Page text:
On Tuesday, Stuff ran an interview I did with Gearbox Software's Randy Pitchford last week (over the phone and I had 15 minutes with him) which you can find here.
The interview was probably supposed to focus on Borderlands 2 - that is, after all, what he was in Australia for - but I'm always keen to hear what drives key figures in the video game industry, what motivates them. Why ask the same questions that countless other games writers have already asked?
As I work mostly for a newspaper, I'm restricted as to how much I can write from an interview - I only have a finite amount of space to fill - so content often gets chopped to fit the space I have. I was listening to bits of the interview that didn't make the final cut, mainly due to length and not because it was uninteresting, and I've decided to share that content with you.
If you haven't read the interview already, read it first, then read today's post, which is the remainder of the 15-minute conversation we had. Just as an aside, Pitchford would have to be one of the most passionate and talkative studio heads I've talked to since I've been doing this.
Where do you see the industry heading from here? What are the big changes you think the industry is going to face in the next few years?
RP: This medium is here now for real, it's here to stay. As every generation that grew up with video games gets older, video games and interactive entertainment penetrates more and more of our culture - and this is really exciting.
There were some older generations that were never exposed to video games and some of them have picked things up, and, you know, I think the Nintendo Wii did a really good job of introducing the older generation to the concept of interactive entertainment, and make it enjoyable to them.
But the sad thing about being a human is eventually we go away, so there will be a point when all the new people in the world today are the old people of the world tomorrow and eventually everyone will have grown up in a world where video games exist.
So there's going to be a point... as an American, I'm looking forward to the day when the President of the United States has a gamertag - and that's going to happen at some point. So this sort of creates this global kind of awareness of this medium.
The other thing that is going on in the world is there are more people ''turning on the lights''. There are a lot of cultures and nations that aren't very advanced and certainly not in the information age with the rest of us and some of them are still pretty pre-industrial age, but globalisation is creating this weird ecosystem where there are certain countries that are actually getting cellphones before they've even got landlines or hot water running in their house. They don't even have indoor plumbing yet they have cellphones, and this confluence of technology is quickly inserting itself into some of these places that have been behind and will help them understand the world of interactivity and suddenly they're not going just going to be able to see the joy of entertainment but have access to information.
And I think this is going to help not only enrich lives from an entertainment point of view but I think information is the key to all of us having better lives. So I'm really excited about the role video games are going to play in that.
To look a little more myopically about it, obviously technology has advanced quite a bit since the last generation of consoles launched so new hardware that leverages the advances of new technology can create new opportunities with respect to complexity of our software, that's exciting for me. At the same time miniaturisation is making very advanced technologies accessible to people that don't necessarily play interactive entertainment in a fixed location, like a television screen. All those things are working together to create a really vibrant ecosystem for interactive entertainment. That's very exciting for me.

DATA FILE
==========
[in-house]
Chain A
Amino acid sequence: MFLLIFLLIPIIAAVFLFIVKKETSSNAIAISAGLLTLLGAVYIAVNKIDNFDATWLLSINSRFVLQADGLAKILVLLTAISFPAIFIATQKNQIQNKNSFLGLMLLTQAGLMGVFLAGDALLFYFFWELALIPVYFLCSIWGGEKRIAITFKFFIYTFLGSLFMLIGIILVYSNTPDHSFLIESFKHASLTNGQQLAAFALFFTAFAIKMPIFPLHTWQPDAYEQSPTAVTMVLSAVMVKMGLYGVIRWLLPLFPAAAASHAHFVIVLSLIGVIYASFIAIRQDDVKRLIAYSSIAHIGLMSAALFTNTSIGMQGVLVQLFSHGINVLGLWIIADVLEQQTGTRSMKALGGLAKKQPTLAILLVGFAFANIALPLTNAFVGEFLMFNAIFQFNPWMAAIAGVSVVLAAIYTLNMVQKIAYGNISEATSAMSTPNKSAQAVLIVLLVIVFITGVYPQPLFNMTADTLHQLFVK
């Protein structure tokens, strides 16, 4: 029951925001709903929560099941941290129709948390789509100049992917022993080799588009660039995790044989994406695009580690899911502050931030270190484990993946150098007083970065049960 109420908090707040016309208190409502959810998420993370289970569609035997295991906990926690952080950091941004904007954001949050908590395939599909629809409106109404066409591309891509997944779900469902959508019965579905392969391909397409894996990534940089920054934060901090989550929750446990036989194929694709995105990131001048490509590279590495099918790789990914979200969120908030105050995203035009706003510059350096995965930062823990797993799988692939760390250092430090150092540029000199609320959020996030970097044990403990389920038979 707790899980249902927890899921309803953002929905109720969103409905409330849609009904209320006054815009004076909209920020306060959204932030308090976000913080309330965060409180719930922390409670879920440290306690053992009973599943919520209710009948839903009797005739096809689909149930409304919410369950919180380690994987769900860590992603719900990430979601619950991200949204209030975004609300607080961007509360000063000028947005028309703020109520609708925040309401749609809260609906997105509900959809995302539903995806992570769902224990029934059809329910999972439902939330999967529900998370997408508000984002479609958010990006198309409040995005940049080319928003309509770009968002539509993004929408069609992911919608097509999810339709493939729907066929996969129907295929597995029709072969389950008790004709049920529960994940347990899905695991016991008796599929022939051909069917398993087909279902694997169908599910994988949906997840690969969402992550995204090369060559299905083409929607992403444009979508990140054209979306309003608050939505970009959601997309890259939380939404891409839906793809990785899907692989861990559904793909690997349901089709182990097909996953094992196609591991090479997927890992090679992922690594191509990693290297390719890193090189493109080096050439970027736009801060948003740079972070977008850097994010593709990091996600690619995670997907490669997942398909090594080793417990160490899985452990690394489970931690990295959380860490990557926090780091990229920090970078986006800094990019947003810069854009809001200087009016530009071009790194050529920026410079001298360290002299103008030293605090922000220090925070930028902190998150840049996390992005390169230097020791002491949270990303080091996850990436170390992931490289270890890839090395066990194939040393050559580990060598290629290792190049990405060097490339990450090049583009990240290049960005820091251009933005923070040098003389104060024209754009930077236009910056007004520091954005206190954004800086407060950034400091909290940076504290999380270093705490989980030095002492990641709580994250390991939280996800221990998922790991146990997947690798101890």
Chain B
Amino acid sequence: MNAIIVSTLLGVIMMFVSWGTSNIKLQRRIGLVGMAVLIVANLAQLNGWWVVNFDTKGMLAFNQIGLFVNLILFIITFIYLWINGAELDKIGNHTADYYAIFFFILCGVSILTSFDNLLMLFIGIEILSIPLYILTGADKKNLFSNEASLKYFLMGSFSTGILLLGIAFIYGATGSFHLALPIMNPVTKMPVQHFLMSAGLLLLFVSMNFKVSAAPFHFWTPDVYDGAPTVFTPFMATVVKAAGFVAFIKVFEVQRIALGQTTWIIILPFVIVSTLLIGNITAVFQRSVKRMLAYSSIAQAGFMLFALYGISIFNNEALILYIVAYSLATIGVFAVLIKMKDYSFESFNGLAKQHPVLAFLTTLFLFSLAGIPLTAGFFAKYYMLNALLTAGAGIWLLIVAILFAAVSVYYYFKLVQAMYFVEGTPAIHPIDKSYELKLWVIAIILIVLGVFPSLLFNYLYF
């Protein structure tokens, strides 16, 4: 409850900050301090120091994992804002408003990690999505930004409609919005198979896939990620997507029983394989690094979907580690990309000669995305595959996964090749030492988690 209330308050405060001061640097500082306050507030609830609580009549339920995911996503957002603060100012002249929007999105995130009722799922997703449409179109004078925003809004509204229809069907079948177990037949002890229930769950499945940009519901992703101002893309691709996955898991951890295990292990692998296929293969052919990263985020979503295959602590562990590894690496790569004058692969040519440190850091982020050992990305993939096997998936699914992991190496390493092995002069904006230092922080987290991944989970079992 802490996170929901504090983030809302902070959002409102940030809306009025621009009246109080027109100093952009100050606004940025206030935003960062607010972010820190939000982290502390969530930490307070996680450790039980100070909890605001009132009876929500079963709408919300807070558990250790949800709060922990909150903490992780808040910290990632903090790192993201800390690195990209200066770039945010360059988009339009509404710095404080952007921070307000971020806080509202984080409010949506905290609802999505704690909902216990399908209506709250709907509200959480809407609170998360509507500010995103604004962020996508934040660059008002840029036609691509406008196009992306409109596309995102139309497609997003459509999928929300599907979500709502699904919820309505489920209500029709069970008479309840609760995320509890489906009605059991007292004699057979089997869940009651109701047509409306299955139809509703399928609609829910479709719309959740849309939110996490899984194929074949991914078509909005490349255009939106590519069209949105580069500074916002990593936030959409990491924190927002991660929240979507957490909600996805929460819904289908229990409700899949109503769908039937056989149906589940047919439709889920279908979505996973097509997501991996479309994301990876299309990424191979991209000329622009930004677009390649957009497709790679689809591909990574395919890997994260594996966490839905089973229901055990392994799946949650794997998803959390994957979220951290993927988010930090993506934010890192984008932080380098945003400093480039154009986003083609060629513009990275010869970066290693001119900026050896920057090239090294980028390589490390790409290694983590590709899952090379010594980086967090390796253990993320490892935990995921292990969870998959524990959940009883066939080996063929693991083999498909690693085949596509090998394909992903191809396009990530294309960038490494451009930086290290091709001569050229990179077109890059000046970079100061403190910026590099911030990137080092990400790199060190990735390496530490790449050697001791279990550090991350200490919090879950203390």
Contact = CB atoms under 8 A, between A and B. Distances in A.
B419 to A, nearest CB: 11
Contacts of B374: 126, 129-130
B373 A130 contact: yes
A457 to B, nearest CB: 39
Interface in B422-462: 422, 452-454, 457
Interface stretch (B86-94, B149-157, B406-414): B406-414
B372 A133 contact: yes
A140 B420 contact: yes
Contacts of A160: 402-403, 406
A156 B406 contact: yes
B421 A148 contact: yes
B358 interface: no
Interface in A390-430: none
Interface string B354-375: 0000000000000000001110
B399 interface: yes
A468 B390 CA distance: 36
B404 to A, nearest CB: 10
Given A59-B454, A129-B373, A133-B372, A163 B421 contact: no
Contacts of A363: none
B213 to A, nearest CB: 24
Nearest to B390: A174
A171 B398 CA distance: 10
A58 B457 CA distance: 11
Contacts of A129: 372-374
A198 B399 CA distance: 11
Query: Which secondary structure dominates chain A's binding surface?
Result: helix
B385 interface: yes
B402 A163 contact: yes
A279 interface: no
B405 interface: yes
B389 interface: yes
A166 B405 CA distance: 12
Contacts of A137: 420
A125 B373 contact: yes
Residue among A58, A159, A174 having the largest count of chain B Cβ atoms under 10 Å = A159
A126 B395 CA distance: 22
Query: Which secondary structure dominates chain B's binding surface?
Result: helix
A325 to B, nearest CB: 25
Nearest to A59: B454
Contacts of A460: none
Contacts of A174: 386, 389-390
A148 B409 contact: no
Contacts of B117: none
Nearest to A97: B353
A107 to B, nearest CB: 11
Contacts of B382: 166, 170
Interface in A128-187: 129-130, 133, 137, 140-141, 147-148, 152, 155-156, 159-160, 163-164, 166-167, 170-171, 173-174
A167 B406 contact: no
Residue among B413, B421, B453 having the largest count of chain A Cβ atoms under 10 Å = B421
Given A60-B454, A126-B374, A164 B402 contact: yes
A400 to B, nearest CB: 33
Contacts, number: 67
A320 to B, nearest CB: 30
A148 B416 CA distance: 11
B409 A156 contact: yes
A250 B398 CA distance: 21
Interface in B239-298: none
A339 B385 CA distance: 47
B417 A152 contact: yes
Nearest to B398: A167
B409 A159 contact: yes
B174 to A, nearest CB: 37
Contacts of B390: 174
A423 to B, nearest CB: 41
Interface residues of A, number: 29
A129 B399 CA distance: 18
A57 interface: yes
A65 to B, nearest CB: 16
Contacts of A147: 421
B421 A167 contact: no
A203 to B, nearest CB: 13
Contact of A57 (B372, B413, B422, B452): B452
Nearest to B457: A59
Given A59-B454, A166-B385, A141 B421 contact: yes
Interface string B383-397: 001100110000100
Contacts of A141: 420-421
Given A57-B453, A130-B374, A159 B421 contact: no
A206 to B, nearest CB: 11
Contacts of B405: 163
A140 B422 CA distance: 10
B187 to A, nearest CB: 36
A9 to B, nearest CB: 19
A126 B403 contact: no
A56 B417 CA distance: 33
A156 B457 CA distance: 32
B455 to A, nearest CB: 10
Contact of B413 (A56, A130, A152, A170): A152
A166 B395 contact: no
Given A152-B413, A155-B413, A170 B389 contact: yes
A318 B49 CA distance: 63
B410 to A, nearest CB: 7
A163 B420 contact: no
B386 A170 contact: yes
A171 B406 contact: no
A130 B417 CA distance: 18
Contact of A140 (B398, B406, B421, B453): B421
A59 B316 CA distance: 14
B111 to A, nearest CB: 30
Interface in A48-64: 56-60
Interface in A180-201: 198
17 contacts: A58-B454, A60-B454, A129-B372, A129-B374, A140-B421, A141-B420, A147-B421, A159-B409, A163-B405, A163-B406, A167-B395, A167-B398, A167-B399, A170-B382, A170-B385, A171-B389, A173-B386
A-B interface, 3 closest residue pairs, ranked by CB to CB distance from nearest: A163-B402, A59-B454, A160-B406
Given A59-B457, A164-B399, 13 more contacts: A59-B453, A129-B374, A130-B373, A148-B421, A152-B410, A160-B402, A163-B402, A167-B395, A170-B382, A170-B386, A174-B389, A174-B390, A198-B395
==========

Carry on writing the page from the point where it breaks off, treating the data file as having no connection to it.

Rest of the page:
Gearbox has concentrated on console and PC development over the years. With the rise in popularity of smart phones and tablets do you ever see the company branching out into mobile gaming?
Every once in a while I play mobile games and I like the fact that when I'm stuck somewhere I can play a video game on my phone.
I think that's really nice, and we have some products on the mobile platform - Gameloft has been a great partner with some really strong Brothers in Arms games on iOS and Android - and those are a lot of fun for people, but I look at those [mobile games] as ... when I look back way before there was interactive entertainment, back before there were TV shows and even radio, back to a time when we read books. And then somebody invented something like a periodical or a newspaper and this created like ''Wow, we can get our information in short bits'' and it changed the consumption of that kind of entertainment.
When we read a book we sit, maybe at home or on the couch when we really want to immerse ourselves into a deep narrative, deep fiction, and when we read an article in a magazine or a newspaper we're getting a short burst and we can do that on the train or on the bus, or, I guess, in carriages in those days, but the fact that magazines and newspapers suddenly appeared did not change our interest in books.
As an entertainer, I like magazines, as a consumer of entertainment I like magazines and newspapers, but I want to create books, so to speak. If I put that whole analogy into video games, I want to make big, deep experiences and that's where I'm going to commit the most of my lion's share but at the same time I do appreciate and love the fact that we can have entertainment coming in from all places. I think we'll dabble in those areas but I don't see that being a main effort for us.
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